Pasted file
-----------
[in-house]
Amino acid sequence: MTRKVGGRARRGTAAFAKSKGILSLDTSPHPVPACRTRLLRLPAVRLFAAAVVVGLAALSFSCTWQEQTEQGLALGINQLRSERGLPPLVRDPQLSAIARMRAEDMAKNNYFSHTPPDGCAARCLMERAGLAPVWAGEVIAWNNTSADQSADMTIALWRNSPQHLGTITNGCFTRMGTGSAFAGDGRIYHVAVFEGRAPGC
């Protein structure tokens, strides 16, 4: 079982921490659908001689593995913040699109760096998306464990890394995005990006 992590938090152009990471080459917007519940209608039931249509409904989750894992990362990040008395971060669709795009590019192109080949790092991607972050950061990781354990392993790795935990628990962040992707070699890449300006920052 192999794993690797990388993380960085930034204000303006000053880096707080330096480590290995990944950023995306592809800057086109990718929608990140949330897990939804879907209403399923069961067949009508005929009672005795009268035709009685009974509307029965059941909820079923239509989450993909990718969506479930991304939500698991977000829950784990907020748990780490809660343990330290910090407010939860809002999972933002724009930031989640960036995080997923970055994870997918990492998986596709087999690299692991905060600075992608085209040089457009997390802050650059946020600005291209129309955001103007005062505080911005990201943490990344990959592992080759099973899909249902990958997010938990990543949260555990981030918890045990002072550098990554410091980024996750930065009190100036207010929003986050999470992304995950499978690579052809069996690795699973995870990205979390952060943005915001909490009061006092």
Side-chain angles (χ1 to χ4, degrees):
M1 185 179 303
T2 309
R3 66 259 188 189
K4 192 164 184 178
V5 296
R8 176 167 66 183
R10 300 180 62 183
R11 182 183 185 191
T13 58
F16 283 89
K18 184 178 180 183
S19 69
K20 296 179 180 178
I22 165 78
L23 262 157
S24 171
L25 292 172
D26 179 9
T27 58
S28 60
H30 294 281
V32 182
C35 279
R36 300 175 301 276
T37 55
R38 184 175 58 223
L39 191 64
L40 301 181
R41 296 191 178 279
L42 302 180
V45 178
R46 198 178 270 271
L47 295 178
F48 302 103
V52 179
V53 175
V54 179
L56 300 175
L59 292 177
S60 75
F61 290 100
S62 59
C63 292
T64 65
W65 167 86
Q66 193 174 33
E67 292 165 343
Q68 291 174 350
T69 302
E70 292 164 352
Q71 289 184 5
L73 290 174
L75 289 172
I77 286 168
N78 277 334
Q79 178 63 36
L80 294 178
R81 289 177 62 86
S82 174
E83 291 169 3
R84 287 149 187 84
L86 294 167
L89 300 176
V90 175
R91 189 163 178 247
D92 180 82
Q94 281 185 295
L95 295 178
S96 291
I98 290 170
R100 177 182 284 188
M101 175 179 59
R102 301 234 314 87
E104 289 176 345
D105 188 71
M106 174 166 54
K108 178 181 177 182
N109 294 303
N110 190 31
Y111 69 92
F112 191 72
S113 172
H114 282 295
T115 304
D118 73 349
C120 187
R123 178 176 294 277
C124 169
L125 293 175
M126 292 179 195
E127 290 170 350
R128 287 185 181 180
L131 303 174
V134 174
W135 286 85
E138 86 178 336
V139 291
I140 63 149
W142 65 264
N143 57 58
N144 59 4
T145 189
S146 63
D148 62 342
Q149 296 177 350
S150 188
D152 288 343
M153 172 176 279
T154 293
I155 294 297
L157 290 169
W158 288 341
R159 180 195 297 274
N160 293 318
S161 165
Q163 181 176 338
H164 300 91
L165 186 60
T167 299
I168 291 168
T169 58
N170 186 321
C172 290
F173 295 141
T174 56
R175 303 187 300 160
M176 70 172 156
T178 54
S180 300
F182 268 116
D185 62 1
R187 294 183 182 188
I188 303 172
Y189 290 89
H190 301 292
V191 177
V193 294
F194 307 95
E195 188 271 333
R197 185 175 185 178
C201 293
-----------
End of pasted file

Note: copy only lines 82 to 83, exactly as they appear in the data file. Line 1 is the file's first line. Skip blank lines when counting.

N109 294 303
N110 190 31